Unrolling the River.
Around 1835, a 15-year-old named John Banvard left his home in New York, and, as young men were wont to do in those days, lit out for the territories. Banvard had little money and less education, but he did have one enormous idea: He would paint the Mississippi River. Not any mere landscape, but a meticulously detailed panorama, which, when finished, would be the largest painting in the history of the world.
Banvard spent the next few years on a skiff, floating down the river and sketching everything he saw. A few years later, he turned up in St. Louis to exhibit the finished painting, which, like a precursor of motion pictures, rolled on a series of spindles past astonished audiences. According to newspaper accounts, Banvard's magnum opus was over three miles long when unfurled. And if that sounds ambitious, imagine transposing Banvard's curious life--and even curiouser life's work--to the stage.
To begin, you could certainly do worse than to recruit puppet master Michael Sommers and playwright Kevin Kling, whose recent collaboration, Mississippi Panorama, recreated Banvard's world on the stage of Minneapolis's Children's Theatre Company. According to CTC artistic director Peter Brosius, who co-directed the piece with Sommers, the project, like Banvard's epic painting, evolved from a fascination with the Mississippi itself. "Being a person from the coast," the California native explains, "I've long been interested in what it meant to live near this river, in its larger spiritual meanings in the region's culture and history. So we started thinking about a company-created piece that would get at some of those things."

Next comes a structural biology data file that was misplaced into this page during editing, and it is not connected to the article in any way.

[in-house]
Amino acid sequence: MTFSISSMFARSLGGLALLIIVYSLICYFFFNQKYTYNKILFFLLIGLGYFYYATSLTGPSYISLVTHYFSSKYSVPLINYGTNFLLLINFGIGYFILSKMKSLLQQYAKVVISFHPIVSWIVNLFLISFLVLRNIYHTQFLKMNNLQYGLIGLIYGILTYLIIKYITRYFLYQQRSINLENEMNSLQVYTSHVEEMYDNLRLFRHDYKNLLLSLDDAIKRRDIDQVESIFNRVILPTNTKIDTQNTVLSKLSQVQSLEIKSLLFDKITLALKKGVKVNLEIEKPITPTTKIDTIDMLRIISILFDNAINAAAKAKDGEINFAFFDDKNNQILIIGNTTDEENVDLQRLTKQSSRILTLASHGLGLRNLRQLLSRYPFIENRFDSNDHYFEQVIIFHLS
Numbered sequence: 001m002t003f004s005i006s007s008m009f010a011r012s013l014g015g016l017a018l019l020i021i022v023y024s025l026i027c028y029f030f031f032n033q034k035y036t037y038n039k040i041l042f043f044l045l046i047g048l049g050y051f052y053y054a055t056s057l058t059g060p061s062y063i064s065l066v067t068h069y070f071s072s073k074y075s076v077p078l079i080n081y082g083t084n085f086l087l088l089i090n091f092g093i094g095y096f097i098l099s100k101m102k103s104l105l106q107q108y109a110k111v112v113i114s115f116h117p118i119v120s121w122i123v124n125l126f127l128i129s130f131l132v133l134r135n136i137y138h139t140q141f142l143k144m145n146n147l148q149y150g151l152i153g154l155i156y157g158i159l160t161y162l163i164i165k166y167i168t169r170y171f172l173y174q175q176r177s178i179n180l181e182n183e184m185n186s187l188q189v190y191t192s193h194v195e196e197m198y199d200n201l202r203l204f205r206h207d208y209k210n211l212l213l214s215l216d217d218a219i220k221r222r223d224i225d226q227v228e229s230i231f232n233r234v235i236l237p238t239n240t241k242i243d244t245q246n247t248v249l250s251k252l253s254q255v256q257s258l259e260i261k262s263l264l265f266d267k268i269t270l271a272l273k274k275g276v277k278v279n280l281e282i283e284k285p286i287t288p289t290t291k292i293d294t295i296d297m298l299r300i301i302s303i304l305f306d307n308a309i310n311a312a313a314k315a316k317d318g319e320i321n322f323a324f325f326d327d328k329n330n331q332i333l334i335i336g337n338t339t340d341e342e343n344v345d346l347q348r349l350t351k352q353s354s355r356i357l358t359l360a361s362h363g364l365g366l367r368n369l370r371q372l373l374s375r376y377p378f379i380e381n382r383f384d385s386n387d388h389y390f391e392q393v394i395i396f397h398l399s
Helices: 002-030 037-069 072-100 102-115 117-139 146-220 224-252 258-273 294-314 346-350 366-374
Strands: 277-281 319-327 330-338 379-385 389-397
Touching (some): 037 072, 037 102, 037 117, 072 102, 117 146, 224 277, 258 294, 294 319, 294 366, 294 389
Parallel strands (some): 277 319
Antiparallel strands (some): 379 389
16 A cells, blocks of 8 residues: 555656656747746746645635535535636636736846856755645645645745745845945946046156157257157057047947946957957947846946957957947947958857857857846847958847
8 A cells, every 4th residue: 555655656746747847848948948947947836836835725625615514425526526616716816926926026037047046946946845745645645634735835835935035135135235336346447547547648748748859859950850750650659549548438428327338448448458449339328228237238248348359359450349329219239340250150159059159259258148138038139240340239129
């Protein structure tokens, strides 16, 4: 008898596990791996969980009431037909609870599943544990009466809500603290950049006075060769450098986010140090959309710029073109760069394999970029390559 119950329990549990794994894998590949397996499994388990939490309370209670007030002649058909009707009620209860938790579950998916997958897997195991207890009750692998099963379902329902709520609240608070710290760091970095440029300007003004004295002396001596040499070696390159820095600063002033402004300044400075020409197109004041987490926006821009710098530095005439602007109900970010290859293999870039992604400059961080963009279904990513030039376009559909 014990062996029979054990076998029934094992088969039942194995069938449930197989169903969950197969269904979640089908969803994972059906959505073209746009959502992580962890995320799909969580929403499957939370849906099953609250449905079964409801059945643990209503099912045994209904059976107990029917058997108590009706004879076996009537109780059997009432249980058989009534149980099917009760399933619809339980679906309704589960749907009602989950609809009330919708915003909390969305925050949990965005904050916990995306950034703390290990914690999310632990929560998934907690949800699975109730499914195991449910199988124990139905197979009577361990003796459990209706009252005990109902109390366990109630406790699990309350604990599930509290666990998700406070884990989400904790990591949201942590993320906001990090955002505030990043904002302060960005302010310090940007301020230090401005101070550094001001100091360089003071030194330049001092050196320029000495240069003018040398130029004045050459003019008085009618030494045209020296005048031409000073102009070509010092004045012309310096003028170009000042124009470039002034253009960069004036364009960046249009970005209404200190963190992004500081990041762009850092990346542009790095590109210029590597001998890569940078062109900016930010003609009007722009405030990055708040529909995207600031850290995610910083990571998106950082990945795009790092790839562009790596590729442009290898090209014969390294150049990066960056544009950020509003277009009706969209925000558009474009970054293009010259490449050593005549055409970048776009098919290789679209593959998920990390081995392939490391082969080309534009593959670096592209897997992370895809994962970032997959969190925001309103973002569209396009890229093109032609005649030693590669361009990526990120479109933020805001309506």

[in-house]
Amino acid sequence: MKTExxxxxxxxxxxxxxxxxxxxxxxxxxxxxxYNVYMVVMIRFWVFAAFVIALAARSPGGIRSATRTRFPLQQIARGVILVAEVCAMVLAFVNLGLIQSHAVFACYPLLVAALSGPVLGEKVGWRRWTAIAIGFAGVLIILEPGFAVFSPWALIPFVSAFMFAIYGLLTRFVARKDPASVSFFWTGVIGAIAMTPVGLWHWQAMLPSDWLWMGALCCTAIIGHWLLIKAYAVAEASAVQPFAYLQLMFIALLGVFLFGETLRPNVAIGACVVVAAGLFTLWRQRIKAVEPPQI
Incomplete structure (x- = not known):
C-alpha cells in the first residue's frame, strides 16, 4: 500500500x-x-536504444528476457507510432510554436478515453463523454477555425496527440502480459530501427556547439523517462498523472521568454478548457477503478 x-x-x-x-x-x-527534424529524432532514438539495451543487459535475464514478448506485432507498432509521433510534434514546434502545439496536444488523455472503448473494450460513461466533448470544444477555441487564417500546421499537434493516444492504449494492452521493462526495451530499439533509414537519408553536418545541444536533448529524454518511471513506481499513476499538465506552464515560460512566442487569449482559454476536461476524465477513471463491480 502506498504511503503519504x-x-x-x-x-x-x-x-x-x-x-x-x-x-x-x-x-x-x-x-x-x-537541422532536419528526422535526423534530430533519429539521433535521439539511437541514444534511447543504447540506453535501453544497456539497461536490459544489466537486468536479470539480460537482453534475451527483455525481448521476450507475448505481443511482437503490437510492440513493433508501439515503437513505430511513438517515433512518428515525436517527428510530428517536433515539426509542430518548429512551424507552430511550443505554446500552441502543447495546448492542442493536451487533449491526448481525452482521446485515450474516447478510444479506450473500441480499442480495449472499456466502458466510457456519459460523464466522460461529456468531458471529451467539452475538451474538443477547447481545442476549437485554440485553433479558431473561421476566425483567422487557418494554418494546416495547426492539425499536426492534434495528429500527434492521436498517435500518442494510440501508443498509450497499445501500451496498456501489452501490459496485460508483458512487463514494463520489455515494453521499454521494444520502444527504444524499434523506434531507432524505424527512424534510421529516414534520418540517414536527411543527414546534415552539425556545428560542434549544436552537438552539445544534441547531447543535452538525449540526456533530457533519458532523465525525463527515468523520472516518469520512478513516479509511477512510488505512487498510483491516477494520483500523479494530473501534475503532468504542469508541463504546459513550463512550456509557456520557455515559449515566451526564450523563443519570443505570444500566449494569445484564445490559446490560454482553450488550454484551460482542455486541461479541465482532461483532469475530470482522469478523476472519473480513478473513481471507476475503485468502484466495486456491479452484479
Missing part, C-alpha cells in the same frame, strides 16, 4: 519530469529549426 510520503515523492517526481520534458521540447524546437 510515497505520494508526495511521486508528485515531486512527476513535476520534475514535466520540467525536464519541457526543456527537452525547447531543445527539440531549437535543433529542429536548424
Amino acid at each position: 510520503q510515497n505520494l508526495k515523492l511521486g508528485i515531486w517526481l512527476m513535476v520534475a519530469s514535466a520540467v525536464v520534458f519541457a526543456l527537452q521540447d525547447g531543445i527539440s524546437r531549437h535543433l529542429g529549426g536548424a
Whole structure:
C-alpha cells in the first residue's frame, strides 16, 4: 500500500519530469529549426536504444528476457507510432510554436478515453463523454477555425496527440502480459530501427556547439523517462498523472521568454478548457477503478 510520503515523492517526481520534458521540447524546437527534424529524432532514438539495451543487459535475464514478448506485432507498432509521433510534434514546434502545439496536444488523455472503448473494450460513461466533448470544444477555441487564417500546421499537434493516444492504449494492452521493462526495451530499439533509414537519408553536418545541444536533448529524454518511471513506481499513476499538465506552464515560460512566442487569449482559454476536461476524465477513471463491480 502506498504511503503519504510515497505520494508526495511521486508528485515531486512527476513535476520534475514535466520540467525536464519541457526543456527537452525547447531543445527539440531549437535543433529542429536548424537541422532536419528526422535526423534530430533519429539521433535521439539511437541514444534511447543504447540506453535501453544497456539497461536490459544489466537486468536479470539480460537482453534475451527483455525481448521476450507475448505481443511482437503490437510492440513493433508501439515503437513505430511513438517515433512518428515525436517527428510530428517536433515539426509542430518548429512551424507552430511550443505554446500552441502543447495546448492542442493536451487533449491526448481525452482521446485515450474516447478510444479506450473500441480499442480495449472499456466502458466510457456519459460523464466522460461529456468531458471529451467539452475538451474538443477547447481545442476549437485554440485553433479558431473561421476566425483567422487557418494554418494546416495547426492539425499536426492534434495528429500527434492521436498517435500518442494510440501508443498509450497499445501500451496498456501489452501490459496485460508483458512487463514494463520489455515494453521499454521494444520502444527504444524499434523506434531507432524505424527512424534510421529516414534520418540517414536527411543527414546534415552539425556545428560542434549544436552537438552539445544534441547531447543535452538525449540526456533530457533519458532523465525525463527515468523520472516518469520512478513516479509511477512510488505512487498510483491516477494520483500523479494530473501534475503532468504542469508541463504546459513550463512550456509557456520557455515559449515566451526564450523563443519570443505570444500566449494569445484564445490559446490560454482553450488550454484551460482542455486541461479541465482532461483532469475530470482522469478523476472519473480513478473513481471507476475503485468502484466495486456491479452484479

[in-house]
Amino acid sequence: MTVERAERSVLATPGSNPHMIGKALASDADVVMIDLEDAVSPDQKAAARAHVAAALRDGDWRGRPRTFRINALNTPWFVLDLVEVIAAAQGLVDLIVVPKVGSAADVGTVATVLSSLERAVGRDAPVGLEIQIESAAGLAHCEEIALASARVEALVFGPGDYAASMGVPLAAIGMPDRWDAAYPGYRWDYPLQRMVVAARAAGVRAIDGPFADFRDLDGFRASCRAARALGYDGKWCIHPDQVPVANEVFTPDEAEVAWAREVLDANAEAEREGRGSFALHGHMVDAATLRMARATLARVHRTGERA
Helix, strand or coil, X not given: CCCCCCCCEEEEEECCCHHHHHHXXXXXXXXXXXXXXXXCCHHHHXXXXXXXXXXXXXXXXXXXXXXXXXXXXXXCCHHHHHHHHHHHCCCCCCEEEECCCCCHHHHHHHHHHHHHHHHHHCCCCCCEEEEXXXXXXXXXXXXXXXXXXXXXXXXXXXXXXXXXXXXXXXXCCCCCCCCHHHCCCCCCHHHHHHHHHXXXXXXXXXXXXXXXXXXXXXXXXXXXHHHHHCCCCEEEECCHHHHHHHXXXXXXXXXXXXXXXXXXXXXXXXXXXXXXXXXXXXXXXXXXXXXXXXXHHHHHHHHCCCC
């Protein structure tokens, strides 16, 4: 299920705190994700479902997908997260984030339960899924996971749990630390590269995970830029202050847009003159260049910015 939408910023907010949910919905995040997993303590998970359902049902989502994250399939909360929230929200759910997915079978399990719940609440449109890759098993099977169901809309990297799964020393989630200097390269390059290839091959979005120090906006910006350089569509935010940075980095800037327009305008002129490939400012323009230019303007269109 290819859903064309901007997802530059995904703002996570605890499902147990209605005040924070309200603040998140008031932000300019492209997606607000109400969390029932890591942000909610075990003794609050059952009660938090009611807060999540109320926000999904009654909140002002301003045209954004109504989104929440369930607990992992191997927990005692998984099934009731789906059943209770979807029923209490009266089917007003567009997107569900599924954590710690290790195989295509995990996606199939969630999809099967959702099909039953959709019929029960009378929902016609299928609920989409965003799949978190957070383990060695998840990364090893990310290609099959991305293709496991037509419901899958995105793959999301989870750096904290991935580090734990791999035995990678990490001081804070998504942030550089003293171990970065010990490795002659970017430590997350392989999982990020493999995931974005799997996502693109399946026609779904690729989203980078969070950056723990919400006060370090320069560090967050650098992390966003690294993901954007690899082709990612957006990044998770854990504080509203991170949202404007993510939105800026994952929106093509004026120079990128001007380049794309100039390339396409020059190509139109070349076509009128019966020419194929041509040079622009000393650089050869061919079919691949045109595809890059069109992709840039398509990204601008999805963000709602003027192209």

That piece, Brosius continues, began with a series of structured improvisations involving Kling, a frequent CTC collaborator and Sommers, best known for his innovative, often darkly comic, puppetry. "They both have profoundly poetic sensibilities," Brosius says, "but in very different ways. Kevin has this ability to think epically, while still creating idiosyncratic characters and maintaining this subversive comic sense. Michael's background is in object theatre, so he has this great sense of metaphor. He comes at things from a more purely theatrical perspective."
Indeed, if Kling is the brains of this outfit, Sommers's idiosyncratic vision gives Mississippi Panorama its spirit. Showing a visitor through his workshop while dodging a shower of sparks from a welding torch overhead, Sommers explains his aesthetic approach: "There's an elegance in leaving things to the imagination. I think of this as a memory play, or a visual mediation. So with the puppetry I'm trying to get at the essence of things and create this whole other world."
The centerpiece of his creation, Sommers explains, is a baroque proscenium arch--a recreation of the "cranky" machine on which Banvard's painting would have originally been displayed. "My first idea for the scenography was to build a giant cranky," he says, pointing out the hidden doors from which characters, both human and puppet, pop out during the play. "This lost American theatrical form was really interesting to me. What was this machine? How did it work? It was a precursor to moving pictures. And that would have been kind of a magical idea in Banvard's time--to see a painting go by in front of you."